Furthermore, although the jet pump 130 can not suck fuel under the condition shown in FIG. 5, since the jet pump 130 rotates with the subtank 2 to follow the bottom surface 32 of the subtank 2, the jet pump 130 can suck fuel from outside the subtank 2 as shown in FIG. 6.

(Second Embodiment)

A second embodiment of a fuel supply apparatus according to the present invention is shown in FIG. 7.

In this fuel supply apparatus 1, the left-right pair of L-shaped slide plates 7 shown in the first preferred embodiment have been changed to straight barlike slide plates 7 a extending downward. That is, each of these slide plates 7 a has a cylindrical base end portion 71 a extending vertically and a distal end portion 72 a extending downward from the lower end of the base end portion 71 a; a flangelike stopper 73 a is provided on the lower end of the base end portion 71 a, and the stopper 73 a is urged downward by a spring 8 having its base end supported by the bracket 5.

The distal end portions 72 a of this left-right pair of slide plates 7 a rotatably support pins 20 projecting from left and right side faces of the subtank 2, and by this means the subtank 2 is so held that it can move up and down and autorotate in the plane of movement of the slide plates 7 a.

The operation of inserting this subtank 2 into the fuel tank 3 is substantially the same as in the case of the first preferred embodiment and therefore will not be described here, and the point that the necessary capacity of the subtank 2 can be provided without enlarging the opening 30 and while keeping down the height of the subtank 2 is also the same as in the first preferred embodiment.

Furthermore, according to the second embodiment, because the direction of the force applied to the base end portions 71 a of the slide plates 7 a by the subtank 2 when the fuel supply apparatus 1 is inserted into the fuel tank 3 is substantially the same as the vertical direction of movement of the base end portions 71 a, there is the advantage that the vertical movement of the base end portions 71 a is not hindered by twisting or rubbing and thus this movement can be made smooth.

(Third Embodiment)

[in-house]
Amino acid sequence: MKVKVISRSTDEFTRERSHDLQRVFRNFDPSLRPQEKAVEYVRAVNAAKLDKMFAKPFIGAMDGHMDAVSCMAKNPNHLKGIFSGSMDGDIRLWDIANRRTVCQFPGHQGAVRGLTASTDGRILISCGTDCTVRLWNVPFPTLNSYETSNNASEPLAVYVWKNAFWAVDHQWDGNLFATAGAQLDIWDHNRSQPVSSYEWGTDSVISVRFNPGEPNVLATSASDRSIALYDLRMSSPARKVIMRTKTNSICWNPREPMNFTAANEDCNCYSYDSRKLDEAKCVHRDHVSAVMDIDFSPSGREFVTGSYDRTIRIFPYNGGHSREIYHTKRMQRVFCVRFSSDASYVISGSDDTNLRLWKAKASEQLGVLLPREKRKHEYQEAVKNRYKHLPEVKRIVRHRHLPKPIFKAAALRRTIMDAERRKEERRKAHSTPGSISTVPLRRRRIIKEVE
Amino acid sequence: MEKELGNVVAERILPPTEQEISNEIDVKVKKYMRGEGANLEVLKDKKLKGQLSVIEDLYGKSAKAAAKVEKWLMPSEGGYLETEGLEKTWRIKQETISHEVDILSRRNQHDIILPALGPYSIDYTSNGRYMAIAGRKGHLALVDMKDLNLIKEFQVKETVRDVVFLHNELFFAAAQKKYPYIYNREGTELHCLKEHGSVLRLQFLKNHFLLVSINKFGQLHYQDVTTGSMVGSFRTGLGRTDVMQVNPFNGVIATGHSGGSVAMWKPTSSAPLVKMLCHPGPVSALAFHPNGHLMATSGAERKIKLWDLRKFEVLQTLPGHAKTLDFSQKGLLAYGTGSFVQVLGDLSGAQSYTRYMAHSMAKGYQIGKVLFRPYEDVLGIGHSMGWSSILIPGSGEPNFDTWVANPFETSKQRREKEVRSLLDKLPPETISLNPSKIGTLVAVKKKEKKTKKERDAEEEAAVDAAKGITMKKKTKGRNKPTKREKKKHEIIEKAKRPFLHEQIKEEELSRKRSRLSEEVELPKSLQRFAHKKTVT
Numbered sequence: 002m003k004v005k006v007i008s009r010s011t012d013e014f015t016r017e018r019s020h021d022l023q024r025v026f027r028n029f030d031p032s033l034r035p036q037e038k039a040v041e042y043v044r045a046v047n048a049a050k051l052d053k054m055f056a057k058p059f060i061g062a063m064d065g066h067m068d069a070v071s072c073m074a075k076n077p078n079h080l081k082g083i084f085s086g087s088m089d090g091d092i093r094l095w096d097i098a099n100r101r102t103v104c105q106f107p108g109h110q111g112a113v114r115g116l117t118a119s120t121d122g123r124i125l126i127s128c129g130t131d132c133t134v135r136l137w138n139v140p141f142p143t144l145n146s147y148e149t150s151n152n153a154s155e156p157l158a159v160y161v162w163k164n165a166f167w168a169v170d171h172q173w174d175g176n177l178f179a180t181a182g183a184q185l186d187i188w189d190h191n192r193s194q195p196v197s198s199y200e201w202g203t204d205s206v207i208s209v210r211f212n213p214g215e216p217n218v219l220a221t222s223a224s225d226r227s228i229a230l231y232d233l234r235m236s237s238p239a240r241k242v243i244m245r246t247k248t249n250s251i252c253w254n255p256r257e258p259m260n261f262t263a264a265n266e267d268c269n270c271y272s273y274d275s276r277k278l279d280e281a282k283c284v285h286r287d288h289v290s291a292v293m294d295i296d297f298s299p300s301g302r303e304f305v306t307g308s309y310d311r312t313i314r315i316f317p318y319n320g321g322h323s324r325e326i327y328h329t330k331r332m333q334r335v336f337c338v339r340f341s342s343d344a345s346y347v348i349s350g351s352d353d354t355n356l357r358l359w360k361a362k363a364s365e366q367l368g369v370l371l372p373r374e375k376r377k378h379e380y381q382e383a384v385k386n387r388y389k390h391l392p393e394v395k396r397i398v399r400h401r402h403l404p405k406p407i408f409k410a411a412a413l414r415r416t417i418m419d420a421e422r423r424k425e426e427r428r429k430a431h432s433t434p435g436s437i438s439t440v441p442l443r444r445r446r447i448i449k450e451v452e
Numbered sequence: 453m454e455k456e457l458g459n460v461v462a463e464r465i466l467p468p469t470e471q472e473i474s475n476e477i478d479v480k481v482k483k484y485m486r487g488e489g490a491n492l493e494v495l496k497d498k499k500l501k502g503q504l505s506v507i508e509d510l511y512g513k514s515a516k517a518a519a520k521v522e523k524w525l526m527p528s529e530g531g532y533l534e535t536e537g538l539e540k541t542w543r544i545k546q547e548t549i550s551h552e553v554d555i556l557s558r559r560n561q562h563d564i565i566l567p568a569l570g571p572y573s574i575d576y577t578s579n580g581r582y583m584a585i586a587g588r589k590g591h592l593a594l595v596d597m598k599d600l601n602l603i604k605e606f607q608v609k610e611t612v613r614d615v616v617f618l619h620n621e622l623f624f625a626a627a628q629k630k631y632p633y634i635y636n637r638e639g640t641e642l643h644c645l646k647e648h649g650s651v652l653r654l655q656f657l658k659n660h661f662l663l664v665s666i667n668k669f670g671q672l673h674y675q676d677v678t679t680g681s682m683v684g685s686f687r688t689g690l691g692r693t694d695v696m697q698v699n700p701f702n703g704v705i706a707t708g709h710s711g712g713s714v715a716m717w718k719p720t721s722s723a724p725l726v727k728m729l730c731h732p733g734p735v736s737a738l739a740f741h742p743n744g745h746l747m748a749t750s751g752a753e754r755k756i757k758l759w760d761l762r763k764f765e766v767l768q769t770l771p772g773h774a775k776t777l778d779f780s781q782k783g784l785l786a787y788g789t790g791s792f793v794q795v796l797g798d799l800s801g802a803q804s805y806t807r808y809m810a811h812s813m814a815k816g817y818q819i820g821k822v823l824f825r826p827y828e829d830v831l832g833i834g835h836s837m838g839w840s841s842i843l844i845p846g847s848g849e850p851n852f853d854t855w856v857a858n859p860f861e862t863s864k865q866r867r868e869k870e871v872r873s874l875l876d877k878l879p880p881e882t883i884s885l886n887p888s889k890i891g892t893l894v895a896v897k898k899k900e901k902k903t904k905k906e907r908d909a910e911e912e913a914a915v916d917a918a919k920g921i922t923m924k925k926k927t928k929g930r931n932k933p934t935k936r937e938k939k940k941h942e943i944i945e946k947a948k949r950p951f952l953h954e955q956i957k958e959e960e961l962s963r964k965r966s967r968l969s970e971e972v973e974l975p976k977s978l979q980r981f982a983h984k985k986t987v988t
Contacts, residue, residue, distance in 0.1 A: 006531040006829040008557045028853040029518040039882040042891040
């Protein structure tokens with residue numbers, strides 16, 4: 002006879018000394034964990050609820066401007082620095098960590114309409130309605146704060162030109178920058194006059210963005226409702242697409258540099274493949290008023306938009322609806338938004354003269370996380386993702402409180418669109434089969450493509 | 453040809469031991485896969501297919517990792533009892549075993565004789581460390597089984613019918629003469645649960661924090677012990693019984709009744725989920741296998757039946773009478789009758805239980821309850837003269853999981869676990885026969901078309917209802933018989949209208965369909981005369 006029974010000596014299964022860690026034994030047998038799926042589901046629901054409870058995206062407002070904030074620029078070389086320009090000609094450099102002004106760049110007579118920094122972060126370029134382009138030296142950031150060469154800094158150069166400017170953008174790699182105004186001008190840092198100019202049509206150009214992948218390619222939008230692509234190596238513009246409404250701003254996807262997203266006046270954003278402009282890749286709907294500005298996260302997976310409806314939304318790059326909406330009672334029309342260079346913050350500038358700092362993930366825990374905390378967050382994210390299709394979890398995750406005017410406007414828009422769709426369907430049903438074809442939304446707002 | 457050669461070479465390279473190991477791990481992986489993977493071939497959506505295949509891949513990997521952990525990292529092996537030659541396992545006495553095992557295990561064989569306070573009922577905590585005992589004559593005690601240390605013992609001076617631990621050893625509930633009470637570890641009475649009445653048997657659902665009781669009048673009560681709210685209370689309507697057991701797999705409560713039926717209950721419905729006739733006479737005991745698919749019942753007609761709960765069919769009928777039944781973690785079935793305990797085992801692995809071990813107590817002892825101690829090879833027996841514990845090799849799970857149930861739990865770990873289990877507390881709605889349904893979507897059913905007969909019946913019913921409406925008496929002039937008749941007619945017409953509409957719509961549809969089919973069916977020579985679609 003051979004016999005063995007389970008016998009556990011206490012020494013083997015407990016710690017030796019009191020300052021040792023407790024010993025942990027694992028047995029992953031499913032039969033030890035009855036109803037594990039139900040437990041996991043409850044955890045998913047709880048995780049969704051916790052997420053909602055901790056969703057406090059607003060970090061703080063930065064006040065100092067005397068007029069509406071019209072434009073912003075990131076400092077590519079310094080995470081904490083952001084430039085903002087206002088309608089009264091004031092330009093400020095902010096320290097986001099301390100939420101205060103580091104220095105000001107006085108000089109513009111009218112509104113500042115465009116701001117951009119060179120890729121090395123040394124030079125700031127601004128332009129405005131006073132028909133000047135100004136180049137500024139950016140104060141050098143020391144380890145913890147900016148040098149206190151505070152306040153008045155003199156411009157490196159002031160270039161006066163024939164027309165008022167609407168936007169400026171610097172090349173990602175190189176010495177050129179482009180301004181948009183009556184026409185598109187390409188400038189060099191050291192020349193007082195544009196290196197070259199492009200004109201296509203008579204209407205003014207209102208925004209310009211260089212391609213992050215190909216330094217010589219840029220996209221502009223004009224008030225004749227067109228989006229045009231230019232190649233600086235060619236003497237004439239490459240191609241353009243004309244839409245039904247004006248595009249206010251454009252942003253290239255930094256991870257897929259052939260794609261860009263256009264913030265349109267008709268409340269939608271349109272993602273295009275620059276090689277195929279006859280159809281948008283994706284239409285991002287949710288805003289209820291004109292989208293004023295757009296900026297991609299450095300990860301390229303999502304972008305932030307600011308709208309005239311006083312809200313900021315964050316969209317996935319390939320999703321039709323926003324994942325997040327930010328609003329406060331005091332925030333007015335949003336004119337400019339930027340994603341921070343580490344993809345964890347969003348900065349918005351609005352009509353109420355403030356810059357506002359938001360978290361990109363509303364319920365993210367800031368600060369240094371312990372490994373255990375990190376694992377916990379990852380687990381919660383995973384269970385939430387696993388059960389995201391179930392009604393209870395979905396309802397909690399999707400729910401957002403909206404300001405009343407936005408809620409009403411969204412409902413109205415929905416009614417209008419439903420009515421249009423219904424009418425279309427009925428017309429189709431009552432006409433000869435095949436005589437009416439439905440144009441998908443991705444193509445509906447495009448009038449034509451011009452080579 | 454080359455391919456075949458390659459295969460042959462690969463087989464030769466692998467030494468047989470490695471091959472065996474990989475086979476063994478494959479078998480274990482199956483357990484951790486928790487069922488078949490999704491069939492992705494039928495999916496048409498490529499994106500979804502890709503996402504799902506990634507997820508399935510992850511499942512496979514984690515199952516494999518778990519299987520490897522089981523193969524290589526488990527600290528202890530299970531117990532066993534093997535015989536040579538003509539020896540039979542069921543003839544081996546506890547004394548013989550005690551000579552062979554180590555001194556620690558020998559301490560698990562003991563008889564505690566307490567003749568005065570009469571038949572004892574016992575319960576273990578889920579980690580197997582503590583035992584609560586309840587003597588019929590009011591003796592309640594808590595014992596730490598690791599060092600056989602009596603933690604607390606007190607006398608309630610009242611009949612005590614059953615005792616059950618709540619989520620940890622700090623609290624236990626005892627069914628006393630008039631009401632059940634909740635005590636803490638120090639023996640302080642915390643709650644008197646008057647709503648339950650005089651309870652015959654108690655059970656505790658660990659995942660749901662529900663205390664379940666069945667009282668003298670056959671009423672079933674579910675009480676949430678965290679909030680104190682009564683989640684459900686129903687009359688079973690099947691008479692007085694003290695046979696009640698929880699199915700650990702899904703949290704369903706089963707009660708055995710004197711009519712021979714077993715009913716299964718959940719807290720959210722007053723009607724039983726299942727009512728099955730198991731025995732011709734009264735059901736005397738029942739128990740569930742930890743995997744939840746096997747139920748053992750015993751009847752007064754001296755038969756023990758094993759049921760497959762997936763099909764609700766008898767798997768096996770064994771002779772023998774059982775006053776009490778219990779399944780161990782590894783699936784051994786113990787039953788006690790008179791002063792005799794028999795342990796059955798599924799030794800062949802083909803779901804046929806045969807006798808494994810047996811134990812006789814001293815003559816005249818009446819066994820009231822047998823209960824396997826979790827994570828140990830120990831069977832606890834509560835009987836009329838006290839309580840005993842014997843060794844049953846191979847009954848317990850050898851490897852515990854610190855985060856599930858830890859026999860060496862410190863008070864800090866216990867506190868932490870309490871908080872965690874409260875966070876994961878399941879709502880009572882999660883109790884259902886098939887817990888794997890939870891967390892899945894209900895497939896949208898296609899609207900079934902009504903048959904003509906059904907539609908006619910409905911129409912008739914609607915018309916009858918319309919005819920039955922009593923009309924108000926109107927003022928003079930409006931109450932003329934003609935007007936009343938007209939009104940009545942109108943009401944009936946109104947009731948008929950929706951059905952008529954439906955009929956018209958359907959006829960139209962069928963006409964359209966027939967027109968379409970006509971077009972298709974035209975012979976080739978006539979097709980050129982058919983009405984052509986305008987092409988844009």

FIG. 8 is a schematic and partially sectional view showing a fuel supply apparatus for a vehicle according to a third embodiment of the present invention, and FIG. 9 is a perspective illustration of the fuel supply apparatus of the third embodiment.

In the third embodiment, components which are substantially the same as those in the previous embodiments are assigned the same reference numerals and their otherwise repeated explanations are omitted hereinafter.

As shown in FIGS. 8 and 9, base end portions 71 of a pair of boomerang-shaped link plates 7 are supported by the protrusion 50 so as to rotate. Springs 200 are provided between the protrusion 50 and the link plate 7 to urge the link plate 7 toward the bottom surface 32 of the fuel tank 3.

The distal end portions 72 of these L-shaped link plates 7 rotatably support pins 20 projecting from left and right side faces of the subtank 2, and by this means the subtank 2 is so held that it can revolve on its axis and revolve around the supporting point between the protrusion 50 and the link plate 7 in the plane of the movement of the L-shaped link plates 7.

The reference numeral 9 represents a float mounted on a distal end of a float arm 80. The float arm 80 is rotatably supported by the subtank 2, and inside the subtank 2 a base end of the float arm 80 rotates a potentiometer of a fuel level sensor 81.

Pressurized fuel discharged from a fuel pump in the subtank 2 is supplied to an internal combustion engine via a filter inside the protrusion 50 and a fuel delivery pipe 41 extending outwardly from the bracket 5.

The shape of the subtank 2 will now be further described.

A corner portion between the front end face (the end face which is the first to abut with the bottom 32 of the fuel tank 3 when the subtank 2 is inserted into the fuel tank 3 while being turned) 21 of the subtank 2 and its bottom face 22 is chamfered to form a front chamfer 121, and similarly a corner part between the rear end face (the opposite end face from the front end face 21) 23 of the subtank 2 and its bottom face 22 is chamfered to form a rear chamfer 123.

The front chamfer 121 has a shape of a pipe which is perpendicular to a swing plane of the subtank 2. Right and left longitudinal edges 123 a of the rear chamfer 123 are further chamfered than a central longitudinal portion 123 b of the rear chamfer 123.

The operation of inserting this subtank 2 into the fuel tank 3 will now be described.